Nothing suggests such a statutory intent. Ch. 38, §117-1, et seq., Ill. Rev. Stat. 1967. The statutory language itself suggests the contrary, but it is not now necessary to determine such question. No showing of bias or prejudice in fact is made by the record, and such wiH not be inferred because the court’s finding is adverse to the defendant.

*31The defendant seeks to support this theory by analogy to the opinions in People v. Wilson, 37 Ill.2d 617; 230 N.E.2d 194 and People v. Washington, 38 Ill.2d 446; 232 N.E.2d 738. Each was a post-conviction proceeding wherein the issues raised concerned the actions of the trial judge in matters not of record and to which he would either be a witness or have knowledge dehors the record. In People v. Newell, 41 Ill.2d 329; 243 N.E.2d 200, it was contended that the trial judge who accepted the plea of guilty should rescue himself in the hearing upon a post-conviction proceeding concerning the validity of the plea. The Supreme Court points out that no circumstance in the record shows that the judge was either a potential witness or was biased. Such is the state of the record here. The bias asserted is essentially theoretical and hypothetical and the record shows no ruling of the court or other conduct supporting the assertion of bias or prejudice.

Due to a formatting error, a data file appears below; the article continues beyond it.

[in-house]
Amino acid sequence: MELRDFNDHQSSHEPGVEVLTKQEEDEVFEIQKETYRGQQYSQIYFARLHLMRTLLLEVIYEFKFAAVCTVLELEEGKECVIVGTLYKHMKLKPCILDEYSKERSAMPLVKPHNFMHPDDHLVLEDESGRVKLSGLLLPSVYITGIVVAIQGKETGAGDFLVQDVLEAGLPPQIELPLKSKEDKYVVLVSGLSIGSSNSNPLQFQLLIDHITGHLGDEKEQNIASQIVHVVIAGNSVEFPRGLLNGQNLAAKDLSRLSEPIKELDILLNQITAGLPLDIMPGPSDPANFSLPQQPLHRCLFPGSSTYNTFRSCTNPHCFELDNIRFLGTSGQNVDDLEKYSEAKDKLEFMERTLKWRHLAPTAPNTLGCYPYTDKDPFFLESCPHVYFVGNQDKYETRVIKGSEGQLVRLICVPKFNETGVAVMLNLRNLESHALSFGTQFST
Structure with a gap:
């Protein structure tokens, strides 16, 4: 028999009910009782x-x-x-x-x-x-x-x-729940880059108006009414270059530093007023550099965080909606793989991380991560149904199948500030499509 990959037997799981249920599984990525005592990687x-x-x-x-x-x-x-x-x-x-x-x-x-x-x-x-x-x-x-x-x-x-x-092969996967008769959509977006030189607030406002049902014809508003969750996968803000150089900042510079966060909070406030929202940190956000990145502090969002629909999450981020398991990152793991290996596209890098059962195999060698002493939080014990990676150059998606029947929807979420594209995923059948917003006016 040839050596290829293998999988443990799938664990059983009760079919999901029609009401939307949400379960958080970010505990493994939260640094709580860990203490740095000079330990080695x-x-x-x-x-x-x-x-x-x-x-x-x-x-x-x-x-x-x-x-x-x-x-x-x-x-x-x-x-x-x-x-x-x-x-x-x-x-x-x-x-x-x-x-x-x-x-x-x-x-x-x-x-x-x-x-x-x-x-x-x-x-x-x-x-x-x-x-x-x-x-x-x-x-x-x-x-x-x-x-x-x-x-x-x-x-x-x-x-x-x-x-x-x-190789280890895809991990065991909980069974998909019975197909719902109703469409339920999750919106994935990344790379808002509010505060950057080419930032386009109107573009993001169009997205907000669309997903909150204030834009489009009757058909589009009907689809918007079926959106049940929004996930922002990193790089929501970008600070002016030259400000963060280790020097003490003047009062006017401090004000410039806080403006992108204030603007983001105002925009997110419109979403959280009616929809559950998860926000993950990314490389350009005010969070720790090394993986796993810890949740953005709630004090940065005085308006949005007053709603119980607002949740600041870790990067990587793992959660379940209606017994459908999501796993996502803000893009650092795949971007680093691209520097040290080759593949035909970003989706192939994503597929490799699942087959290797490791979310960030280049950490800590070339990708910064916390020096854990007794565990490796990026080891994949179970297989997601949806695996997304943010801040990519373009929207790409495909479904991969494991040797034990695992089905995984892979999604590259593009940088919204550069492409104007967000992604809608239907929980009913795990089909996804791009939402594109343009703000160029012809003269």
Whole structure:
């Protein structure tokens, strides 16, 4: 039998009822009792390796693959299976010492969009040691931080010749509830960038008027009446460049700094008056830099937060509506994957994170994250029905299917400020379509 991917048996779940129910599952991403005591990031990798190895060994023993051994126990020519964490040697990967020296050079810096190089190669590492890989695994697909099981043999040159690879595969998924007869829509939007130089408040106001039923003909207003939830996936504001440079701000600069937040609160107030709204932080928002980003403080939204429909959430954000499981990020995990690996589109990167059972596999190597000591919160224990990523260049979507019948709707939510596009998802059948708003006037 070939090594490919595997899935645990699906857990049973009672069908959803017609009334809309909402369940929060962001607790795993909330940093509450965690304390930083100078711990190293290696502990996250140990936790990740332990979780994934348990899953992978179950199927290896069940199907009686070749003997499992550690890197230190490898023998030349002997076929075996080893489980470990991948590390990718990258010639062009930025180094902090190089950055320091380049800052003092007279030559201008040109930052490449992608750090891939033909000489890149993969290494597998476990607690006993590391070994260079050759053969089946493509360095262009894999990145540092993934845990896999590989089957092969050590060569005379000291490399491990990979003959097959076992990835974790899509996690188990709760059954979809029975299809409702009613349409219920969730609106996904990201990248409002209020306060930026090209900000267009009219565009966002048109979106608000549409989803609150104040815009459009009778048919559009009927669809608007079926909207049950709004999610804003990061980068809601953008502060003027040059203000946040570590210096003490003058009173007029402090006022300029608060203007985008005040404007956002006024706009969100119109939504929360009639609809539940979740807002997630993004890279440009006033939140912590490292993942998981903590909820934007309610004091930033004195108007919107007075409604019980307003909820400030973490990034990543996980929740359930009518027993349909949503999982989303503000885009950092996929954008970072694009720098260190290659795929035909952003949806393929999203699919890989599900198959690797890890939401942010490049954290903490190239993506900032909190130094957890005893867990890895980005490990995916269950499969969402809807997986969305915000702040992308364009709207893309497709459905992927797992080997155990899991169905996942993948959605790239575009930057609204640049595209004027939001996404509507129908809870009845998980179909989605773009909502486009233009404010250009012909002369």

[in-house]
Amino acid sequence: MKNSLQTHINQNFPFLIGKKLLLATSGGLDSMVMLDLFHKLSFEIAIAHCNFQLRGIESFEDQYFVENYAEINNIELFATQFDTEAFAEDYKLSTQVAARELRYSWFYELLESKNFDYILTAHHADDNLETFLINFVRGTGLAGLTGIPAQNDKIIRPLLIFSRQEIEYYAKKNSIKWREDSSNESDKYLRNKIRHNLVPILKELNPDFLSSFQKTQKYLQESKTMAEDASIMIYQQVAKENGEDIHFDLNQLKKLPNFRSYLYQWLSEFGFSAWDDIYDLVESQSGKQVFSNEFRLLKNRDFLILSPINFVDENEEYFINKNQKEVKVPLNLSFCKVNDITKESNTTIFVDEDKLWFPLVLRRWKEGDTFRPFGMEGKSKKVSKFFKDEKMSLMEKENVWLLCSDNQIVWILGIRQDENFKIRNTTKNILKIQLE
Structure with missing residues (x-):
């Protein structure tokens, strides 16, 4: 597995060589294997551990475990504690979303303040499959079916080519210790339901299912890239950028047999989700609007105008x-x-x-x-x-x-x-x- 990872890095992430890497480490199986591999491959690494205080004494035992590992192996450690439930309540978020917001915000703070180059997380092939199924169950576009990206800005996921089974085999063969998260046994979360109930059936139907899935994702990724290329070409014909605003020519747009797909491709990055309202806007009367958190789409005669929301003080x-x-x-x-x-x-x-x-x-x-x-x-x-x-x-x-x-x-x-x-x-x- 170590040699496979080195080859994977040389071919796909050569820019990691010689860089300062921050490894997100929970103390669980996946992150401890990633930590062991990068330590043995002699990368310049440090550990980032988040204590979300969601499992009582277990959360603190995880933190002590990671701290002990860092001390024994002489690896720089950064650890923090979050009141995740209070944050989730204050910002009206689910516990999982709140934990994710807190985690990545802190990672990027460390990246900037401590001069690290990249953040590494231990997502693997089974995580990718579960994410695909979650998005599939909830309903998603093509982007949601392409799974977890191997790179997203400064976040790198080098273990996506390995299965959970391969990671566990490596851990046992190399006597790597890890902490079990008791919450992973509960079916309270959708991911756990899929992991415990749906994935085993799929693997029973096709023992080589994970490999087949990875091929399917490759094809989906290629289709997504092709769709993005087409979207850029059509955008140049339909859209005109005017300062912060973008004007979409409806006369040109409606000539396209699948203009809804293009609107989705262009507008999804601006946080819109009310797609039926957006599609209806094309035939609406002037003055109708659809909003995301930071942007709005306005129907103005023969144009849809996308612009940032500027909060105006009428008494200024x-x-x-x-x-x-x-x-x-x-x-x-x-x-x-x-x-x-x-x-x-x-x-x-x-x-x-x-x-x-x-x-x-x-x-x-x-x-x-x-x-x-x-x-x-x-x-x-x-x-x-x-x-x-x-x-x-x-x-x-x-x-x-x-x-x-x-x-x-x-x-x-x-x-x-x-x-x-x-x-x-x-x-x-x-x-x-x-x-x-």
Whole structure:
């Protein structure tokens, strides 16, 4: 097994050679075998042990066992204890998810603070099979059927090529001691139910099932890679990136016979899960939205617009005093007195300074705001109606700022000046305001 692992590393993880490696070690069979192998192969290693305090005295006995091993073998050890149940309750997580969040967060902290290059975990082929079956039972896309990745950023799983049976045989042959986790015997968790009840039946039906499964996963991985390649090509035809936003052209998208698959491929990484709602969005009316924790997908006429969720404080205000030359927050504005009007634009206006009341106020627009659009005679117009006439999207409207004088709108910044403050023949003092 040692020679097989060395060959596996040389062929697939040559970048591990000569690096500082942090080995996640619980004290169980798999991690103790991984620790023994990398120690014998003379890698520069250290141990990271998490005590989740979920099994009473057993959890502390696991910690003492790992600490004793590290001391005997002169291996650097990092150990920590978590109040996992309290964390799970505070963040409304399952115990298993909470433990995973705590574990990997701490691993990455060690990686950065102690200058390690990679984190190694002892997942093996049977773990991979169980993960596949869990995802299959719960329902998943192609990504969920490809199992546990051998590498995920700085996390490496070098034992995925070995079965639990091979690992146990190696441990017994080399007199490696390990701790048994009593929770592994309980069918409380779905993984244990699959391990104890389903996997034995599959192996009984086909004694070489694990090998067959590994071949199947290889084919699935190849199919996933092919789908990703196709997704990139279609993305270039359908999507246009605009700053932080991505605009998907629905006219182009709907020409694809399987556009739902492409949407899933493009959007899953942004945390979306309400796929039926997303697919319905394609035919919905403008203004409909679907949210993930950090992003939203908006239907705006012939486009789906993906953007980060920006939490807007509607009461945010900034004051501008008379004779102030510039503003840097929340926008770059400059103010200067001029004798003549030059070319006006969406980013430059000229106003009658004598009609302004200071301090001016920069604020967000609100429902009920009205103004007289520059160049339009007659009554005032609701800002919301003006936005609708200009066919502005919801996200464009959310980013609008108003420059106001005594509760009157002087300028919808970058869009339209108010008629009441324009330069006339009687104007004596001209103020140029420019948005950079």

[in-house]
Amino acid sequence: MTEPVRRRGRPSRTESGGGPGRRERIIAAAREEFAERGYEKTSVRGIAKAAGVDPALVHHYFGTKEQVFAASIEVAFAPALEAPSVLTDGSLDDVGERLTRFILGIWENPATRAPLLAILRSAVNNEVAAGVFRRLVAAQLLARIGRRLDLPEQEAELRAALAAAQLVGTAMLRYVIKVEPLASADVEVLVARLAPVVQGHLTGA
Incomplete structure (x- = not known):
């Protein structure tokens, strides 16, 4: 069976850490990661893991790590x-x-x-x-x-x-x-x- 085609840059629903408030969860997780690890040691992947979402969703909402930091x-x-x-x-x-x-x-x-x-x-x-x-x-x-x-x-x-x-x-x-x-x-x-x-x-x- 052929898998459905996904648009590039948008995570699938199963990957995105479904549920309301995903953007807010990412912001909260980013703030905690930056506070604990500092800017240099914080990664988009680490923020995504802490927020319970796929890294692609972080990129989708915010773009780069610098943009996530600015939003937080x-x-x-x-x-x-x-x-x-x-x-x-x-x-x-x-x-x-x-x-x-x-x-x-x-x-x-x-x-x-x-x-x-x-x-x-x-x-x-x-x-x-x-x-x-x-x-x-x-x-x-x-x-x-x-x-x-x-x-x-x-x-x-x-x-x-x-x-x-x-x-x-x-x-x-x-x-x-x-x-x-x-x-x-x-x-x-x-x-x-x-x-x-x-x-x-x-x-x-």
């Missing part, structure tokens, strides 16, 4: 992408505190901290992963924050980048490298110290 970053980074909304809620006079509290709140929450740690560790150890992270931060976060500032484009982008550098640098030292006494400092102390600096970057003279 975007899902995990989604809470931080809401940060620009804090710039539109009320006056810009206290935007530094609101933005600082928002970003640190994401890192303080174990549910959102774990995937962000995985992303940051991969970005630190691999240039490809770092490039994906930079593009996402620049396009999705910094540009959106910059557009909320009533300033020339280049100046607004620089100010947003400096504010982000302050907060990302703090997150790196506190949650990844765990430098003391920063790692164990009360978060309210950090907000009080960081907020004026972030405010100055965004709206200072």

It is argued that the sentence imposed following revocation is excessive. It is argued that defendant was once found qualified for probation and that nothing in the record warrants the severity of the sentence, but rather that his educational background, work record and youth shows that he is capable of a successful return to society and requires a reduction of sentence. The facts argued are shown only in the probation report presented some eighteen months prior to the revocation.

We do not accept as a standard for reducing sentence either the fact or the absence of a prior order for probation.

In this case the defendant expressly waived the offer of evidence in mitigation following the order of revocation. There must be more in the record than a claim that the sentence is excessive. (People v. Alexander, 121 Ill.App.2d 347; 257 N.E.2d 497.) The burden is upon the defendant to present substantial evidence to authorize a reduction of sentence upon review. People v. Nelson, 41 Ill.2d 364; 243 N.E.2d 225; People v. Wright,—Ill.App.2d—; 267 N.E.2d 757; and People v. Ledferd, 94 Ill.App.2d 74; 236 N.E.2d 19.

The record does show that defendant violated the terms of the probation here revoked as well as probation allowed in other matters. Upon these occasions he has served short terms in jail. Such facts are some measure of the capability of his “successful return to society.” With some reason, the trial court noted that probation was not a successful method of rehabilitation.

This record does not support the argument that the judge exhibited anger and cut short defendant’s statement following the revocation of probation. Rather, it shows that the defendant made an extended reargument upon the evidence after the ruling had been made.

*32The minimum sentence imposed is well within the statutory terms and together with the maximum provides for appropriate supervision if defendant should be granted parole. The judgment is affirmed.

Judgment affirmed.

SMITH, P. J. and CRAVEN, J., concur.